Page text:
# equational logic

## equational logic

(logic)
First-order equational logic consists of quantifier-free terms of ordinary first-order logic, with equality as the only predicate symbol. The model theory of this logic was developed into Universal algebra by Birkhoff et al. [Birkhoff, Gratzer, Cohn]. It was later made into a branch of category theory by Lawvere ("algebraic theories").
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In the case of Maude, the underlying equational theory is Membership Equational Logic [34], which in addition to equations allows the user to define membership axioms stating the members of a sort.
Meseguer, "Specification and proof in membership equational logic," Theoretical Computer Science, vol.
Palomino, "Reflection in membership equational logic, many-sorted equational logic, Horn logic with equality, and rewriting logic," Theoretical Computer Science, vol.
In practice, most equational logic programs are constructor-based; symbols, called constructors, that construct data terms are distinguished from those, called defined functions or operations, that operate on data terms (see, e.g., the Equational Interpreter [O'Donnell 1985] and the functional logic languages ALF [Hanus 1990], BABEL [Moreno-Navarro and Rodriguez-Artalejo 1992], K-LEAF [Giovannetti et al.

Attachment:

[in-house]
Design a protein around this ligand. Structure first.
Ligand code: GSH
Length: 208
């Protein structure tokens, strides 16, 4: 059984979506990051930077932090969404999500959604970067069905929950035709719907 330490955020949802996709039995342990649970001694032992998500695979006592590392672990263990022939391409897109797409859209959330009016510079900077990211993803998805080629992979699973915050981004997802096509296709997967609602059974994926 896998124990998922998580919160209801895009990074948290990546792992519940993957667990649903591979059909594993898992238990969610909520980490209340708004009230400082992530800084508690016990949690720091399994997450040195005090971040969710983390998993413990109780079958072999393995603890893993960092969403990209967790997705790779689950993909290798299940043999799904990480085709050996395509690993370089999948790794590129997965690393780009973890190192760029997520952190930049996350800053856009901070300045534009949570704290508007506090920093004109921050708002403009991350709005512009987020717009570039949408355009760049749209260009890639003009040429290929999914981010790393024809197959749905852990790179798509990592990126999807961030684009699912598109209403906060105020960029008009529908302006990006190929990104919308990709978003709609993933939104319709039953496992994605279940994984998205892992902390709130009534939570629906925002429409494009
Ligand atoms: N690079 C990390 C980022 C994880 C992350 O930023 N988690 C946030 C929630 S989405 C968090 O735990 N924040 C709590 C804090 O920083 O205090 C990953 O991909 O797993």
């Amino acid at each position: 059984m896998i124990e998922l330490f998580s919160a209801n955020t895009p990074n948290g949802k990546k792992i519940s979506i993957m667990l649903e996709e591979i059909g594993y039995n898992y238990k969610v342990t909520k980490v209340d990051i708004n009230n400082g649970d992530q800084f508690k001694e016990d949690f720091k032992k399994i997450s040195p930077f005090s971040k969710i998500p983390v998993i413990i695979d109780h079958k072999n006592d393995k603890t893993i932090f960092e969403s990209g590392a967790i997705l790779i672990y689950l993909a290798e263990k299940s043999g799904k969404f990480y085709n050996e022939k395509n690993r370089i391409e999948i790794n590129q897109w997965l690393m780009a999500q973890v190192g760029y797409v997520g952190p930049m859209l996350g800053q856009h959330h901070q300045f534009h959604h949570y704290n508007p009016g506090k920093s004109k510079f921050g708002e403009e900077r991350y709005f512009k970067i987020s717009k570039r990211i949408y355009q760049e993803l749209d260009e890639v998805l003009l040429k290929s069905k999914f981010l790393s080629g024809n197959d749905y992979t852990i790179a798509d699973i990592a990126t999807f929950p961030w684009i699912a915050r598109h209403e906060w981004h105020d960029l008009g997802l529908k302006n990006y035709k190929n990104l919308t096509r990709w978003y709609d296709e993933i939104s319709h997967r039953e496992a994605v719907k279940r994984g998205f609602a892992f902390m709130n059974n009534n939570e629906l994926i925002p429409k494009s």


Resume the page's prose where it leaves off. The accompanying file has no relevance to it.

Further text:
Programming in equational logic: Beyond strong sequentiality.
For recent notable work, I focus on some significant theorem-proving systems: the geometry theorem provers of Chou (Chou, Gao, and Zhang 1994; Chou 1988); the Boyer and Moore (1988) interactive theorem prover NQTHM and its successor ACL2 (Kaufmann and Moore 1996); the rewrite rule laboratory (RRL) of Kaput and Zhang (1995); the resolution prover OTTER (McCune and Otter 1997; McCune 1994) and the equational logic prover EQP by McCune (1996); the interactive higher-order logic provers NUPRL (Constable et al.
I mentioned that the term-rewriting community is central to the work in equational logics. This point warrants elaboration.
Incremental constraint satisfaction for equational logic programming.
But it seems that the complexity of the equational logic of nondeterminism exceeds by far the complexity of classical equational reasoning.
In summary, the declarative control architecture implements, with an equational logic formalism, a combination of planning, inference and feedback control principles.
PIM is an equational logic designed to function as a "transformational toolkit" for compilers and other programming tools that analyze and manipulate imperative languages.
This article is an effort to contribute to a better understanding of these issues by presenting a formal account of properties of an equational logic called PIM [Field 1992].

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